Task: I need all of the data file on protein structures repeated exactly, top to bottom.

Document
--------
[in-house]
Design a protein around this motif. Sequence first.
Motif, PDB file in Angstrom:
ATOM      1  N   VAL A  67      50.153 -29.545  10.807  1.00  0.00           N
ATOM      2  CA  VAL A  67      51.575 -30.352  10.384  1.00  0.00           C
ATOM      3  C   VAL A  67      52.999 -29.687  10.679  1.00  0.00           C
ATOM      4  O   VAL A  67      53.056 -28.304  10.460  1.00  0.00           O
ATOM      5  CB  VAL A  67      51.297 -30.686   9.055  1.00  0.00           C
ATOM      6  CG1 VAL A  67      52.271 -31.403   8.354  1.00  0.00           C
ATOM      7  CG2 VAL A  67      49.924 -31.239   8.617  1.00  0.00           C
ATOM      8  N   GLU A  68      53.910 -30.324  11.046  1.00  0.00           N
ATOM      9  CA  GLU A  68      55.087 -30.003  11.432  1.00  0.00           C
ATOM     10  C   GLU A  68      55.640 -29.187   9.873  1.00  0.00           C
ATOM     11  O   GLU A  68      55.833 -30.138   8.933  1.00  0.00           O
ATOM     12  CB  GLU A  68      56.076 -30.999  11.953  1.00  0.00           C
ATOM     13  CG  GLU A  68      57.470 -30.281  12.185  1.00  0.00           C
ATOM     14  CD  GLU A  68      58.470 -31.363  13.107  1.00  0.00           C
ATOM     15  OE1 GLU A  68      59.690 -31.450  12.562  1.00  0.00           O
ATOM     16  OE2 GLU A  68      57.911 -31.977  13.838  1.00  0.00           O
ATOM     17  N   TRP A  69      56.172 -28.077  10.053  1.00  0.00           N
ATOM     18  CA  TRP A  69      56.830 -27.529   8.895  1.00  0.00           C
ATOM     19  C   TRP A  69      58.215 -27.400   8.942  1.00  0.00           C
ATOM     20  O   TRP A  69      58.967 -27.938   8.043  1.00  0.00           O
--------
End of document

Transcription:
[in-house]
Design a protein around this motif. Sequence first.
Motif, PDB file in Angstrom:
ATOM      1  N   VAL A  67      50.153 -29.545  10.807  1.00  0.00           N
ATOM      2  CA  VAL A  67      51.575 -30.352  10.384  1.00  0.00           C
ATOM      3  C   VAL A  67      52.999 -29.687  10.679  1.00  0.00           C
ATOM      4  O   VAL A  67      53.056 -28.304  10.460  1.00  0.00           O
ATOM      5  CB  VAL A  67      51.297 -30.686   9.055  1.00  0.00           C
ATOM      6  CG1 VAL A  67      52.271 -31.403   8.354  1.00  0.00           C
ATOM      7  CG2 VAL A  67      49.924 -31.239   8.617  1.00  0.00           C
ATOM      8  N   GLU A  68      53.910 -30.324  11.046  1.00  0.00           N
ATOM      9  CA  GLU A  68      55.087 -30.003  11.432  1.00  0.00           C
ATOM     10  C   GLU A  68      55.640 -29.187   9.873  1.00  0.00           C
ATOM     11  O   GLU A  68      55.833 -30.138   8.933  1.00  0.00           O
ATOM     12  CB  GLU A  68      56.076 -30.999  11.953  1.00  0.00           C
ATOM     13  CG  GLU A  68      57.470 -30.281  12.185  1.00  0.00           C
ATOM     14  CD  GLU A  68      58.470 -31.363  13.107  1.00  0.00           C
ATOM     15  OE1 GLU A  68      59.690 -31.450  12.562  1.00  0.00           O
ATOM     16  OE2 GLU A  68      57.911 -31.977  13.838  1.00  0.00           O
ATOM     17  N   TRP A  69      56.172 -28.077  10.053  1.00  0.00           N
ATOM     18  CA  TRP A  69      56.830 -27.529   8.895  1.00  0.00           C
ATOM     19  C   TRP A  69      58.215 -27.400   8.942  1.00  0.00           C
ATOM     20  O   TRP A  69      58.967 -27.938   8.043  1.00  0.00           O